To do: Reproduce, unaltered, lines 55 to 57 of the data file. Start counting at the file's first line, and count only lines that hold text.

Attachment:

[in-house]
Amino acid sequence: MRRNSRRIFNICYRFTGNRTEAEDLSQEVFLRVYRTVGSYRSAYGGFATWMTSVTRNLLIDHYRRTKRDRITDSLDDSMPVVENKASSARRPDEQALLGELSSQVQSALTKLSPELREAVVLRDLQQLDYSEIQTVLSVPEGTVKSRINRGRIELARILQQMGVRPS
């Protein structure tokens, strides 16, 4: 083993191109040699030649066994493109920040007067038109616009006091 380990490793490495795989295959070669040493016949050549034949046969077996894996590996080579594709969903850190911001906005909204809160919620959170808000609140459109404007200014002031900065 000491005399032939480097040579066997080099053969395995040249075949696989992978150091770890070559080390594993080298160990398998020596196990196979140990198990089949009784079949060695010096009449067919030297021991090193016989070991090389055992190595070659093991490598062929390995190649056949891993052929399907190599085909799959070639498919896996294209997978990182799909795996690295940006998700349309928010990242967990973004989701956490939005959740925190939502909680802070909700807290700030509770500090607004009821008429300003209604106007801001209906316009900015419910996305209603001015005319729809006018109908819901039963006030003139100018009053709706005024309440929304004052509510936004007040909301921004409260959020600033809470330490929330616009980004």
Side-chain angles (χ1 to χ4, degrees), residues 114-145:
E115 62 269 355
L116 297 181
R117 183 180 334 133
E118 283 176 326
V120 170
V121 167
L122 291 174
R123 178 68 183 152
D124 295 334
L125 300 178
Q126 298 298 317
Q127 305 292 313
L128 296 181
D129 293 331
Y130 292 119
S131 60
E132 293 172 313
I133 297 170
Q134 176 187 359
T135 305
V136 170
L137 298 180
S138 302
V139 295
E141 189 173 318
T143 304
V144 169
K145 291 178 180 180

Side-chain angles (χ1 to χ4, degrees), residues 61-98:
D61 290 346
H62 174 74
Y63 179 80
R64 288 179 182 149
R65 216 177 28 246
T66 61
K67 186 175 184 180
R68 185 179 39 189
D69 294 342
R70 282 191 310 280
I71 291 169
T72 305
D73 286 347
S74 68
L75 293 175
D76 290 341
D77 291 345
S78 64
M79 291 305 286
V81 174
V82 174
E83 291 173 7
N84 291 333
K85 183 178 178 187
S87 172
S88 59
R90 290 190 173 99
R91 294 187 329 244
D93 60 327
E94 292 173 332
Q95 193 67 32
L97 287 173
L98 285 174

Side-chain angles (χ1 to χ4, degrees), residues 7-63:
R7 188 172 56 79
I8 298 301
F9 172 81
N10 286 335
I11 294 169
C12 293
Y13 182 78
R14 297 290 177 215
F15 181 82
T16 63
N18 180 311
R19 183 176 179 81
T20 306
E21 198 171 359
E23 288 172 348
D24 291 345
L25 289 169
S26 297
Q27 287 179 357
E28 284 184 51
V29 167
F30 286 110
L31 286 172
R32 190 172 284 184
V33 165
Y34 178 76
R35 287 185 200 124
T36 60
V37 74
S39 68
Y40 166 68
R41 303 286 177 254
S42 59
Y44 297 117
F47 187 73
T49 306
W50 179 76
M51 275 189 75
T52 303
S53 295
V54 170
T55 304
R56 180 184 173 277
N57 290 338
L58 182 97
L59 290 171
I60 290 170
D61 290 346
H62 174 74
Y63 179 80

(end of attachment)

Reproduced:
E83 291 173 7
N84 291 333
K85 183 178 178 187